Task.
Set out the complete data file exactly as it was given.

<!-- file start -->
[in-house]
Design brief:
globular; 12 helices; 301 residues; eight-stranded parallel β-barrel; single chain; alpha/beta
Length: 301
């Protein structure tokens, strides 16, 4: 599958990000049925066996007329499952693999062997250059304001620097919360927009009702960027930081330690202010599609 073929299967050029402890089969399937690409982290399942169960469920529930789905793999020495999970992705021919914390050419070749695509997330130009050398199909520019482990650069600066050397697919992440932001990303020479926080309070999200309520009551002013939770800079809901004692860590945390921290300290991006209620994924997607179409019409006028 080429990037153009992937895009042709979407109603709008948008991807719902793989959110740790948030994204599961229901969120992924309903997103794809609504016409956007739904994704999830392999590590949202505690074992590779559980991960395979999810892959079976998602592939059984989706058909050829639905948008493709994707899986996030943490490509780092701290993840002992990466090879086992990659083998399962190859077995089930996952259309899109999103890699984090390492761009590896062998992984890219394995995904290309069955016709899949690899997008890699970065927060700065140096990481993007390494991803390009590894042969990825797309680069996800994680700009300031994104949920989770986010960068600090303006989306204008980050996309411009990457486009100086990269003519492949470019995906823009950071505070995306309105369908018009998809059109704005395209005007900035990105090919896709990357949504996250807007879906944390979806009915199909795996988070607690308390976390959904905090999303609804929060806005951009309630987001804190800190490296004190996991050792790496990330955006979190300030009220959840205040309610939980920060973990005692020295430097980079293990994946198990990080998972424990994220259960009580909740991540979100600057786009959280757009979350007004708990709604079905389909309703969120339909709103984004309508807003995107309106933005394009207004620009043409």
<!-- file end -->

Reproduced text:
[in-house]
Design brief:
globular; 12 helices; 301 residues; eight-stranded parallel β-barrel; single chain; alpha/beta
Length: 301
């Protein structure tokens, strides 16, 4: 599958990000049925066996007329499952693999062997250059304001620097919360927009009702960027930081330690202010599609 073929299967050029402890089969399937690409982290399942169960469920529930789905793999020495999970992705021919914390050419070749695509997330130009050398199909520019482990650069600066050397697919992440932001990303020479926080309070999200309520009551002013939770800079809901004692860590945390921290300290991006209620994924997607179409019409006028 080429990037153009992937895009042709979407109603709008948008991807719902793989959110740790948030994204599961229901969120992924309903997103794809609504016409956007739904994704999830392999590590949202505690074992590779559980991960395979999810892959079976998602592939059984989706058909050829639905948008493709994707899986996030943490490509780092701290993840002992990466090879086992990659083998399962190859077995089930996952259309899109999103890699984090390492761009590896062998992984890219394995995904290309069955016709899949690899997008890699970065927060700065140096990481993007390494991803390009590894042969990825797309680069996800994680700009300031994104949920989770986010960068600090303006989306204008980050996309411009990457486009100086990269003519492949470019995906823009950071505070995306309105369908018009998809059109704005395209005007900035990105090919896709990357949504996250807007879906944390979806009915199909795996988070607690308390976390959904905090999303609804929060806005951009309630987001804190800190490296004190996991050792790496990330955006979190300030009220959840205040309610939980920060973990005692020295430097980079293990994946198990990080998972424990994220259960009580909740991540979100600057786009959280757009979350007004708990709604079905389909309703969120339909709103984004309508807003995107309106933005394009207004620009043409």